A Case for Using Ground-Based Thermal Inertia Measurements to Detect Martian Caves
Author(s): G. Groemer, L. Foresta, T. Turetschek, C. Bothe, A. Boyd, A. Dinkelaker, M. Dissertori, D. Fasching, M. Fischer, D. Föger, N. Frischauf, L. Fritsch, H. Fuchs, C. Gautsch, S. Gerard, L. Goetzloff, I. Gołębiowska, P. Gorur, P. Groll, C. Haider, O. Haider, E. Hauth, S. Hauth, S. Hettrich, W. Jais, N. Jones, K. Taj-Eddine, A. Karl, T. Kauerhoff, M.S.Khan, A. Kjeldsen, J. Klauck, A. Losiak, M. Luger, T. Luger, U. Luger, J. McArthur, L. Moser, J. Neuner, C. Orgel, G.G. Ori, R. Paternesi, J. Peschier, I. Pfeil, S. Prock, J. Radinger, C. Ragonig, B. Ramirez, W. Ramo, M. Rampey, A. Sams, E. Sams, S. Sams, O. Sandu, A. Sans, P. Sansone, D. Scheer, D. Schildhammer, Q. Scornet, N. Sejkora, A. Soucek, A. Stadler, F. Stummer, W. Stumptner, M. Taraba, R. Tlustos, E. Toferer, E. Winter, K. Zanella-Kux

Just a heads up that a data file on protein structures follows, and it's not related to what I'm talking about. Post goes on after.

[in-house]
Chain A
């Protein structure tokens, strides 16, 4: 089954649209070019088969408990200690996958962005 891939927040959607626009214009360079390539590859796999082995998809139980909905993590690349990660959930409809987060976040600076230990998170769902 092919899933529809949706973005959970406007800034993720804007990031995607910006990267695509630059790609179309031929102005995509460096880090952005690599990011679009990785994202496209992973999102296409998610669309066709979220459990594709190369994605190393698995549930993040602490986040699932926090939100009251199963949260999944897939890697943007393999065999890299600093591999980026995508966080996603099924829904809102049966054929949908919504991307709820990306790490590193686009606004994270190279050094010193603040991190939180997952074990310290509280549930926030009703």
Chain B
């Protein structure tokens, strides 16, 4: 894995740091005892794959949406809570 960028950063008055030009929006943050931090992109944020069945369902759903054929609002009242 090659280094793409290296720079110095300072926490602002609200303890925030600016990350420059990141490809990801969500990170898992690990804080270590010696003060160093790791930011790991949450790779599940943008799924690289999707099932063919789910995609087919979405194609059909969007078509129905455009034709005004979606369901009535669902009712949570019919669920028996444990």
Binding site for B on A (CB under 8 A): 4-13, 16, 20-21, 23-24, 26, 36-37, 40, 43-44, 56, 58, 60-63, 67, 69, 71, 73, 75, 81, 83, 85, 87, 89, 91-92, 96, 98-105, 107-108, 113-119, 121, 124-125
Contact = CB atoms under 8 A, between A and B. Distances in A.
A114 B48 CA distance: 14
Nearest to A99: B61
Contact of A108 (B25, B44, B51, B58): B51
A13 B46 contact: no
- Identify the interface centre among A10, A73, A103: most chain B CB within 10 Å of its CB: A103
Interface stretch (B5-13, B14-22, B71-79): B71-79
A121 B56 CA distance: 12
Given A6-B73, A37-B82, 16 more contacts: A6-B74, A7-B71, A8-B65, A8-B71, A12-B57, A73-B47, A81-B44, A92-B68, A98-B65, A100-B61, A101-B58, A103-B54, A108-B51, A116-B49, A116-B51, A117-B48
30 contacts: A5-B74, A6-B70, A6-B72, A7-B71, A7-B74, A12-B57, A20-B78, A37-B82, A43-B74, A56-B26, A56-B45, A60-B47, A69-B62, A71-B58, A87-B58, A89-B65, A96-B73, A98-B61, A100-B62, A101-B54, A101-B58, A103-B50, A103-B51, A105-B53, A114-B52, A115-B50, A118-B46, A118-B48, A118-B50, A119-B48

DOI Number: 10.1089/ast.2013.1063
Link: Link to publication
Martian caves are regarded as one of the most interesting locations in which to search for life on the planet. Data obtained during the MARS2013 expedition at Hamar Laghdad Ridge in the Tafilalt region of Morocco indicate that even small cavities can display thermal behavior that is characteristic for caves. For example, temperature in a cavity equaled 14°C±0.1°C before sunrise, which was higher than the temperature of the ambient air (10°C±0.1°C) and proximate rocks (9°C±0.1°C) at the same time. Within 30 min after sunrise, when the temperature of surrounding rocks corresponded to 15°C, this thermal relationship reversed. Measurements were conducted under simulated spaceflight conditions, including near-real-time interpretation of data that were acquired in a complex flight planning environment. We conclude that using ground-based thermal contrast measurements, in 7–14 μm band before and after sunset, is an effective method for Mars astronauts to identify caves, possibly superior to usage of space-based or ground-penetrating data. Key Words: Mars—Caves—Thermal inertia—Detection—Human exploration. Astrobiology 14, 431–437.